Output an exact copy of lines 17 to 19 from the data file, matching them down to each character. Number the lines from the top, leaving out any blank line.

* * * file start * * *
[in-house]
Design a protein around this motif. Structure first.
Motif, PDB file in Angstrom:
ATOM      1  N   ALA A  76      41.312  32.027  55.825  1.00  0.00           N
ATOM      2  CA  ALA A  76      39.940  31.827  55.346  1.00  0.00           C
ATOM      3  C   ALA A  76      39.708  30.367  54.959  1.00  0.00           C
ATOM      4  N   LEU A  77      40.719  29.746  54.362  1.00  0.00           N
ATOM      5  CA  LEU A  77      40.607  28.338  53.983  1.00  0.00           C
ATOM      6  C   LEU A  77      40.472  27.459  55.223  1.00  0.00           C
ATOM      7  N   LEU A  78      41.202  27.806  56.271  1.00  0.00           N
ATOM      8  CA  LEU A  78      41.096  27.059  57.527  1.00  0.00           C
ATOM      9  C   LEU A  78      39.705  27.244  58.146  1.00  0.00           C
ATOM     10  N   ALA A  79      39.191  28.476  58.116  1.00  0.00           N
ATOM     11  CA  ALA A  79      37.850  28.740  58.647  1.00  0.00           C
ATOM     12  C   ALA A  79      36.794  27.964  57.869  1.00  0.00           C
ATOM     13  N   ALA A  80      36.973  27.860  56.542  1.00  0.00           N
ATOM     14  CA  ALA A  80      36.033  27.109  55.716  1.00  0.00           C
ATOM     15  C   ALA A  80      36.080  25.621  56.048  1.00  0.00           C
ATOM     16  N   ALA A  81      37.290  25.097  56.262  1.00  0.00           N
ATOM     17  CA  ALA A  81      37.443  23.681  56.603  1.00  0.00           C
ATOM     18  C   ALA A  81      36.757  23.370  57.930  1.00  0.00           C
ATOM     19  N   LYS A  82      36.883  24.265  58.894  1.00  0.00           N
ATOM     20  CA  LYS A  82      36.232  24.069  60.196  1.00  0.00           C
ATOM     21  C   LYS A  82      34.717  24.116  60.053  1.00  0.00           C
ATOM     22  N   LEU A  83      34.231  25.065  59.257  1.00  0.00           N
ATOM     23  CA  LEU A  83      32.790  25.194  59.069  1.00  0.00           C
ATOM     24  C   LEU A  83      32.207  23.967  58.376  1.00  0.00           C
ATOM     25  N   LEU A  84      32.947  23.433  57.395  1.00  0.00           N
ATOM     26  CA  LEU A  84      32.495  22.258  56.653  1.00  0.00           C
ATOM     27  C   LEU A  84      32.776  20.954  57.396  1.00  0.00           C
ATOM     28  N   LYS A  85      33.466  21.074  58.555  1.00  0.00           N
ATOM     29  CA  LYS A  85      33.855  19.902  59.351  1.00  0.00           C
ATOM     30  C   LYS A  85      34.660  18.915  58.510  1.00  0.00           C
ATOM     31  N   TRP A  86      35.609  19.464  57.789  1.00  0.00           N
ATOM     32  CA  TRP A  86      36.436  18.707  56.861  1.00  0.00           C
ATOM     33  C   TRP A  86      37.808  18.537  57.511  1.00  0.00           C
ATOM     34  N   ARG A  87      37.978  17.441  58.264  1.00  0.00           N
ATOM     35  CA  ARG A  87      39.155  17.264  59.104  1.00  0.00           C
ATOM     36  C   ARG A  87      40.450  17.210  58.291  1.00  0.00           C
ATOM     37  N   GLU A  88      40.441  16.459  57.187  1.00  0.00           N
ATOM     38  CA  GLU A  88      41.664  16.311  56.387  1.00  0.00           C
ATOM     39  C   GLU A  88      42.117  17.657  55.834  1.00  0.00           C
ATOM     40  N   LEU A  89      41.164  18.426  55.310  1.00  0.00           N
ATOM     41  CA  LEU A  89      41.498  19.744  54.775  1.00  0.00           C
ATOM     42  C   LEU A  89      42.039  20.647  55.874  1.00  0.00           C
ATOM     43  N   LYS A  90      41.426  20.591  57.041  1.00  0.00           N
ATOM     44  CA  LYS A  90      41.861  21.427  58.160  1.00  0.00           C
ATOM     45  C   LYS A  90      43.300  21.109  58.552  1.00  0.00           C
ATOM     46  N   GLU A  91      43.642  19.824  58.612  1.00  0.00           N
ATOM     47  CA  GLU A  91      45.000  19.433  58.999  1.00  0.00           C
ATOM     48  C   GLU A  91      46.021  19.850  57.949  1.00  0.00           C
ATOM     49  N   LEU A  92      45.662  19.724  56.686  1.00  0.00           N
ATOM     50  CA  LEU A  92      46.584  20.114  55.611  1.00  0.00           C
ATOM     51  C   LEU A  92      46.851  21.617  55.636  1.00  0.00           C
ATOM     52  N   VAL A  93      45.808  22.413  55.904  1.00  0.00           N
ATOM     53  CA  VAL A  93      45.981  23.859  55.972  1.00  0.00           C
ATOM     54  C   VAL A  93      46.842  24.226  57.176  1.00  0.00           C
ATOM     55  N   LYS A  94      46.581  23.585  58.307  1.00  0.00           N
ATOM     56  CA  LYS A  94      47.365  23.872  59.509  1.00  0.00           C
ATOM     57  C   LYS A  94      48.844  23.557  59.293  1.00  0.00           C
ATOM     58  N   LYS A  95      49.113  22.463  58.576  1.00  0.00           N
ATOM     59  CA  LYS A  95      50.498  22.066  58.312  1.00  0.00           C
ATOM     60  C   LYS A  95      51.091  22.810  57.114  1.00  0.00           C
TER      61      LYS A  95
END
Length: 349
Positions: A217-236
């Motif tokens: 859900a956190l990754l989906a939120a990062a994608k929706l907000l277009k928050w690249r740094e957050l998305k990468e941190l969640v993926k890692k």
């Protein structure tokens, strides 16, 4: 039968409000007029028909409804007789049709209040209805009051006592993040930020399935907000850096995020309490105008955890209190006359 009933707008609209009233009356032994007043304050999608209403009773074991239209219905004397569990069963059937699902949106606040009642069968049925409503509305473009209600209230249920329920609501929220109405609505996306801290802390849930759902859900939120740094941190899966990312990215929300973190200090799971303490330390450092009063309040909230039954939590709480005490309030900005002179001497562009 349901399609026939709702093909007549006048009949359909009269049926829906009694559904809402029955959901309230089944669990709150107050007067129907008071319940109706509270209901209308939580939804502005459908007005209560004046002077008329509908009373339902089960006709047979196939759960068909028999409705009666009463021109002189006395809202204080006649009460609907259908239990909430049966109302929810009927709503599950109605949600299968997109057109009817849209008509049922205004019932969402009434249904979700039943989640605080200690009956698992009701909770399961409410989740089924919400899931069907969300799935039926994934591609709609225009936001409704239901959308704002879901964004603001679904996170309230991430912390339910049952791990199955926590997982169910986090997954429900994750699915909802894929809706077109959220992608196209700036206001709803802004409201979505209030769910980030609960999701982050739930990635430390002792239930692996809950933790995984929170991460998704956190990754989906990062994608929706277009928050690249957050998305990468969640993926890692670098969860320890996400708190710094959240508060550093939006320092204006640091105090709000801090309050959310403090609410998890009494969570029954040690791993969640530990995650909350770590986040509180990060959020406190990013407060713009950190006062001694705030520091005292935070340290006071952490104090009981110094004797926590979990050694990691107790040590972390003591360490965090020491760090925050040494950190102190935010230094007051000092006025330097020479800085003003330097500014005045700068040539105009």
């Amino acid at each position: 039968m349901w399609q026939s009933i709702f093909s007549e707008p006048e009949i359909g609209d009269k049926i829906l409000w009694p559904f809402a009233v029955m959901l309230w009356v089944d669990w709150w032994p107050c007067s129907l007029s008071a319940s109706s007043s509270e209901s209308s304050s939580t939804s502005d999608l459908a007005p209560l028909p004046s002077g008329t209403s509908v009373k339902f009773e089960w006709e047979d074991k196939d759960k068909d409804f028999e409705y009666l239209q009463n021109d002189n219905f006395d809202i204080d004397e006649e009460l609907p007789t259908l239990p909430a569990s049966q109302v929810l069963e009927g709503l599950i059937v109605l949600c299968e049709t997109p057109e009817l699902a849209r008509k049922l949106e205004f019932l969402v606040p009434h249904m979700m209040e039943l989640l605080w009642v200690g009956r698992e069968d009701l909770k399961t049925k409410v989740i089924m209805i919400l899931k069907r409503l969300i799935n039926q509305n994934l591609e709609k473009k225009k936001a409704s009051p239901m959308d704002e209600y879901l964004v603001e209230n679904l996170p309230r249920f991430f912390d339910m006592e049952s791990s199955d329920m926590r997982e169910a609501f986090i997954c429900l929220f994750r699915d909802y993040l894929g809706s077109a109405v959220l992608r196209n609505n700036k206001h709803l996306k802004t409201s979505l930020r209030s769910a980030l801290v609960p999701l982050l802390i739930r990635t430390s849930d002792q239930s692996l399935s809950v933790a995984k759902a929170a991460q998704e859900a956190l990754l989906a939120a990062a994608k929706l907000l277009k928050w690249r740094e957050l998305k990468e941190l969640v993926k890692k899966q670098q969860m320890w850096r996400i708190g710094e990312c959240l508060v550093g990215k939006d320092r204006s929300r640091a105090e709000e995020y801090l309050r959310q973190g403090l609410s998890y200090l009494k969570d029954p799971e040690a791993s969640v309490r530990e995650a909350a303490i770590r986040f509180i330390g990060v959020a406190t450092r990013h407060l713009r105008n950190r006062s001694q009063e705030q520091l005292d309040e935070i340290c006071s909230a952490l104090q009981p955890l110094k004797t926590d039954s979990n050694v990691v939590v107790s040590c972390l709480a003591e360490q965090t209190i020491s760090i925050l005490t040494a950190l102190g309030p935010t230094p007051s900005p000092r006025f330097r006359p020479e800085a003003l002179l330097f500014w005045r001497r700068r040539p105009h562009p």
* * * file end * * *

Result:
ATOM     14  CA  ALA A  80      36.033  27.109  55.716  1.00  0.00           C
ATOM     15  C   ALA A  80      36.080  25.621  56.048  1.00  0.00           C
ATOM     16  N   ALA A  81      37.290  25.097  56.262  1.00  0.00           N